Association of breastfeeding, pacifier use, breathing pattern and malocclusions in preschoolers

Admin Dental Press

Edition V18N01 | Year 2013 | Editorial Online Article | Pages 30 to 30

Sebastião Batista Bueno , Telmo Oliveira Bittar , Fabiana De Lima Vazquez , Marcelo Castro Meneghim , Antonio Carlos Pereira

Objective: To evaluate the association of breastfeeding duration, pacifier use and nasal air flow with occlusal disorders among children.
Methods: This cross-sectional observational study included 138 children aged 4 and 5 years selected in all the daycare centers of the city of Campo Limpo Paulista, Brazil. Questionnaires were applied to mothers to identify total duration of exclusive breastfeeding and non-nutritive sucking. The independent variables were: Sucking (pacifier, bottle, finger), breastfeeding duration and nasal air flow. The dependent variables were: Open bite, crossbite, overjet, overbite, diastema and maxillary deficiency. Frequency distribution calculations were performed, a chi-square test, the Fisher exact test and, after that, stepwise logistic regression were used for statistical analysis, and the level of significance was set at 5%.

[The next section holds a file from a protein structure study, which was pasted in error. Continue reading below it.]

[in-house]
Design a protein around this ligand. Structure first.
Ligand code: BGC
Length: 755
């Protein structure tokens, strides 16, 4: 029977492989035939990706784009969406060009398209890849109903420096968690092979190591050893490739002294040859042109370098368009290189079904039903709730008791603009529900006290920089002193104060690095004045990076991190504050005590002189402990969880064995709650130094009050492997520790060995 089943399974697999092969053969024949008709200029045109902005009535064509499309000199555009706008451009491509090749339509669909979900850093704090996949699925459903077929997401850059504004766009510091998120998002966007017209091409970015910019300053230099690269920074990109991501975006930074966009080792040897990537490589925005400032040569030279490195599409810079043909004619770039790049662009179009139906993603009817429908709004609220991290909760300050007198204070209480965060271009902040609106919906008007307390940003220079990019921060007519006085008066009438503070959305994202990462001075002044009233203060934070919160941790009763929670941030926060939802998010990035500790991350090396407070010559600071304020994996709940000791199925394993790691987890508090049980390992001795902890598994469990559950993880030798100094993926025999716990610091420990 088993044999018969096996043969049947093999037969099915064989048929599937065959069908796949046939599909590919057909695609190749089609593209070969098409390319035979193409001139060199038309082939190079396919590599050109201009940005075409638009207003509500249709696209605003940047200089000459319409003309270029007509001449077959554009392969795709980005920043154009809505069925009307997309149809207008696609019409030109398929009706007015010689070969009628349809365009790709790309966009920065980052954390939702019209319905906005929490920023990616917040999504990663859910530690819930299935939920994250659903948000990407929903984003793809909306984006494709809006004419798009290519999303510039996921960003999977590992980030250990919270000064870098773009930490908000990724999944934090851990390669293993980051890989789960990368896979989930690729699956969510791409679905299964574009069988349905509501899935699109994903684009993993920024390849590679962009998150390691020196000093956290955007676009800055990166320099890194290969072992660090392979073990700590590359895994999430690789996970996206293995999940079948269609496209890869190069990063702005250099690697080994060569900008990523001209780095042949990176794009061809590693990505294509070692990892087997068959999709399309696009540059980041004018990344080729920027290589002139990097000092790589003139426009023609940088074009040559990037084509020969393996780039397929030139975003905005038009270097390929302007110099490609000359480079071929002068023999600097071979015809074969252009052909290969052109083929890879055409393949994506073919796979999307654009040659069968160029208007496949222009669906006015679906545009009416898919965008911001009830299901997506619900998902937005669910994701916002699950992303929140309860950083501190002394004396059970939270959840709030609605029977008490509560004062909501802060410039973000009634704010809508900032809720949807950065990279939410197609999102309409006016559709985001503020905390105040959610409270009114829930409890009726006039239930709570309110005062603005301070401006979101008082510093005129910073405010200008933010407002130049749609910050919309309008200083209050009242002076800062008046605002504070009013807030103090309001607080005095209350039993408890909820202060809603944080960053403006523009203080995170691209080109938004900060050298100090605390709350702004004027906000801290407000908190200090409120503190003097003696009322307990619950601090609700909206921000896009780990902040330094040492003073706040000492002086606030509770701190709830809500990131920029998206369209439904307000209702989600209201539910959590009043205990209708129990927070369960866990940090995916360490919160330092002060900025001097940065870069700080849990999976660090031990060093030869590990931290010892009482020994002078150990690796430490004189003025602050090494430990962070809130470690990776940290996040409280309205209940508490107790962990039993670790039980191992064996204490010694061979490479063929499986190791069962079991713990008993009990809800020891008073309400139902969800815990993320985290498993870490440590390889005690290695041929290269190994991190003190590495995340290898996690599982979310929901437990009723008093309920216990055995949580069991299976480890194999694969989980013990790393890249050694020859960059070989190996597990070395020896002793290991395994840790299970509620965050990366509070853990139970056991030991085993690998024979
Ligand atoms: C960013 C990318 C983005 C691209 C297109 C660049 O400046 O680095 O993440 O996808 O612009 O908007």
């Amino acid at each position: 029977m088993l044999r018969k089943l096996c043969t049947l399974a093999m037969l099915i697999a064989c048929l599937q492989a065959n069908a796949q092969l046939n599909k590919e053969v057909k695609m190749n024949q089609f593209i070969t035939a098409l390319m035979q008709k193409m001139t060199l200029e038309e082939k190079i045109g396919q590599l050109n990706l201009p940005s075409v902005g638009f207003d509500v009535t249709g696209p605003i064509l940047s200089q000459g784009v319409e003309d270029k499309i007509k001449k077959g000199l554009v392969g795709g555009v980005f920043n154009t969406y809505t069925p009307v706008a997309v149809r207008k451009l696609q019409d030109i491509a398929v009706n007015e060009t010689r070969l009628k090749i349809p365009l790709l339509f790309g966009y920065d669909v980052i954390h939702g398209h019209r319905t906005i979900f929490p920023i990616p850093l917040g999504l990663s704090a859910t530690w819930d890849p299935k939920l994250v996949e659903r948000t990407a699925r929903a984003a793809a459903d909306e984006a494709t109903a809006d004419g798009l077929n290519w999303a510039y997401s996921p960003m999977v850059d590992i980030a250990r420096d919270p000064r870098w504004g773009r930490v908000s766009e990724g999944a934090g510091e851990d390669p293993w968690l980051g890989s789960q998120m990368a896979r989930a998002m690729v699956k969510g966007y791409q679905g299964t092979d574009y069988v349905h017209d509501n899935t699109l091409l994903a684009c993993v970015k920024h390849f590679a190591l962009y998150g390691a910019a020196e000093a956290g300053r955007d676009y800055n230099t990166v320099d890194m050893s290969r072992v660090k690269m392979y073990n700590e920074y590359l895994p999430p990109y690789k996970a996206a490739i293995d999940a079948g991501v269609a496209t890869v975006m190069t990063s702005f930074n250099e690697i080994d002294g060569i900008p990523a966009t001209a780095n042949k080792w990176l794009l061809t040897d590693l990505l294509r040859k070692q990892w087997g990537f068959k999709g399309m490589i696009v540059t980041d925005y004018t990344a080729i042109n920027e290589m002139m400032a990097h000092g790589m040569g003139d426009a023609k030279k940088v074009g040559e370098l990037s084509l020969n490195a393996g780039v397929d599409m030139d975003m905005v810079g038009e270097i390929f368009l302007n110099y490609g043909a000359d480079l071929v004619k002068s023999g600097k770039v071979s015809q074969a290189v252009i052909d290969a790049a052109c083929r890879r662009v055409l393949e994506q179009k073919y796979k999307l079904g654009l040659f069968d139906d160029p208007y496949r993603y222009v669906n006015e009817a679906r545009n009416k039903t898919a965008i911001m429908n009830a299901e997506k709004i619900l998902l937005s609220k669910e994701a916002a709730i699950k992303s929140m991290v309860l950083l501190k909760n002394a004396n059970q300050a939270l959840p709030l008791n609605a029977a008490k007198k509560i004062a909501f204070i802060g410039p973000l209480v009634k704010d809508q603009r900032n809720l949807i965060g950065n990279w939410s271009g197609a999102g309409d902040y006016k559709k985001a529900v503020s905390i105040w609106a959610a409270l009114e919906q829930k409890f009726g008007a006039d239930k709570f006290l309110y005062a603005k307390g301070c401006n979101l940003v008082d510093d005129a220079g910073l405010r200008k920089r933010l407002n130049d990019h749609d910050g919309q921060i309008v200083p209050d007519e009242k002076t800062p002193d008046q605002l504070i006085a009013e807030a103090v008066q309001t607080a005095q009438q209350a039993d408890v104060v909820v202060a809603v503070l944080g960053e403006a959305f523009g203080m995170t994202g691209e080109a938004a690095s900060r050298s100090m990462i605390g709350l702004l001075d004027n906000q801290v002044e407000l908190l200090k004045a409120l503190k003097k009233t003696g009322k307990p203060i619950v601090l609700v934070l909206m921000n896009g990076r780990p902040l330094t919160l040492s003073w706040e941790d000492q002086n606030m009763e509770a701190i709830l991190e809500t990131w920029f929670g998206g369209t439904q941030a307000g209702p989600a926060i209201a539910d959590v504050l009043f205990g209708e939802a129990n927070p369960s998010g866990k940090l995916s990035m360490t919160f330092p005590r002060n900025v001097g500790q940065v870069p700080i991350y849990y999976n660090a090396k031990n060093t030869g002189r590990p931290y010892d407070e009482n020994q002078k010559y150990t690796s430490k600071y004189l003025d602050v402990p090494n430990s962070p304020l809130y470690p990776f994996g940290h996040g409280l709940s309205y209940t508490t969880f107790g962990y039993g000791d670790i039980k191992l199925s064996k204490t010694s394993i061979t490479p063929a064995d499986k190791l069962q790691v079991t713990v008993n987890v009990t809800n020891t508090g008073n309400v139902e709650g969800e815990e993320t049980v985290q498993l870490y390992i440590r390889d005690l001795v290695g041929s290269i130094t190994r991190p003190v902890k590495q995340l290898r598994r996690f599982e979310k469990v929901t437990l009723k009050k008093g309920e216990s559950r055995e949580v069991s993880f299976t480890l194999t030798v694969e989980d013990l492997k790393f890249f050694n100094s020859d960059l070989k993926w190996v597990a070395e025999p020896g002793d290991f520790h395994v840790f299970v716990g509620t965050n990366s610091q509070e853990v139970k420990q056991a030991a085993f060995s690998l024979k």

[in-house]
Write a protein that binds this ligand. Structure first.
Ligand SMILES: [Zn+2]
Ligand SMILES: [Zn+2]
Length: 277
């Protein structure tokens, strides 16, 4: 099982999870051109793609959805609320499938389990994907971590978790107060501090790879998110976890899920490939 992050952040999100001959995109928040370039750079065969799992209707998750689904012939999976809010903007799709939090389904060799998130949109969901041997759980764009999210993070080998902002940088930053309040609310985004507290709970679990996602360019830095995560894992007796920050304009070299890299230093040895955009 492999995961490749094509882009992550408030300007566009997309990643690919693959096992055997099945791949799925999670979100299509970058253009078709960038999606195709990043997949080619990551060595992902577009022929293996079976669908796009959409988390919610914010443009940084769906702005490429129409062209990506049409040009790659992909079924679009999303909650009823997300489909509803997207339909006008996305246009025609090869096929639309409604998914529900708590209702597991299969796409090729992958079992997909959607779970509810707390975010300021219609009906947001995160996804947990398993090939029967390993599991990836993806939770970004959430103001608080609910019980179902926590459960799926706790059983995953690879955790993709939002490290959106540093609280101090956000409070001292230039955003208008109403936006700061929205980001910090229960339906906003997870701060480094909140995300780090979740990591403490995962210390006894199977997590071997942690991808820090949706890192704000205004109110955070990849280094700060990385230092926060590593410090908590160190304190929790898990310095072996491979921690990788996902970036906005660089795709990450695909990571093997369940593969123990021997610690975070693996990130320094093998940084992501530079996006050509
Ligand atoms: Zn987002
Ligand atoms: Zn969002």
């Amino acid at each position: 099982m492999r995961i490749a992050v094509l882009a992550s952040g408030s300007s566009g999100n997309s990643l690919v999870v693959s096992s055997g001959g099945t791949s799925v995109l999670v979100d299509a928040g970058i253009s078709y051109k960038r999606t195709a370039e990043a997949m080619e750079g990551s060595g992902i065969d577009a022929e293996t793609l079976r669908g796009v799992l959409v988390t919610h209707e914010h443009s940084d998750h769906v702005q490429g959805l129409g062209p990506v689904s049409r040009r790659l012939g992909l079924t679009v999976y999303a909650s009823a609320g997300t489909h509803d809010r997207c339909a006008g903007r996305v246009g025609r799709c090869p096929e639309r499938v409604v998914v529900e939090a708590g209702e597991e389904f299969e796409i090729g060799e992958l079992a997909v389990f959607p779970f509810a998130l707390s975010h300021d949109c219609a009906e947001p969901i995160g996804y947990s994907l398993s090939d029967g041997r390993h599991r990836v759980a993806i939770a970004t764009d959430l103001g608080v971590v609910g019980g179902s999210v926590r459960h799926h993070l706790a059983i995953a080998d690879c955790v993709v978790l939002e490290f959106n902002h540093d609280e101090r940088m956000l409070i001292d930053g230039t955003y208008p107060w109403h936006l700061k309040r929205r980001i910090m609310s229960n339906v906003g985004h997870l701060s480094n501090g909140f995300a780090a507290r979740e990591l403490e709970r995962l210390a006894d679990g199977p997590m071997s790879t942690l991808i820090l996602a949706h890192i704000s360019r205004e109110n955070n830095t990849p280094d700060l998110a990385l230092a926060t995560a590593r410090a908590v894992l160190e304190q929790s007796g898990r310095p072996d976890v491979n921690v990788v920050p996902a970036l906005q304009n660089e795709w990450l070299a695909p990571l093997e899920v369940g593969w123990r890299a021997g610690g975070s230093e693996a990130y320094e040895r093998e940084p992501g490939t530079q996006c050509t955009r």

Results: The use of a pacifier was the most deleterious factor and increased chances of having open bite in 33.3 times, marked overjet in 2.77 times and posterior crossbite in 5.26 times.
Conclusion: There was a significant association between non-nutritive sucking, particularly the use of a pacifier, and occlusal disorders. These findings are important to plan the treatment of preschoolers.

Breastfeeding, Malocclusion, Primary dentition,

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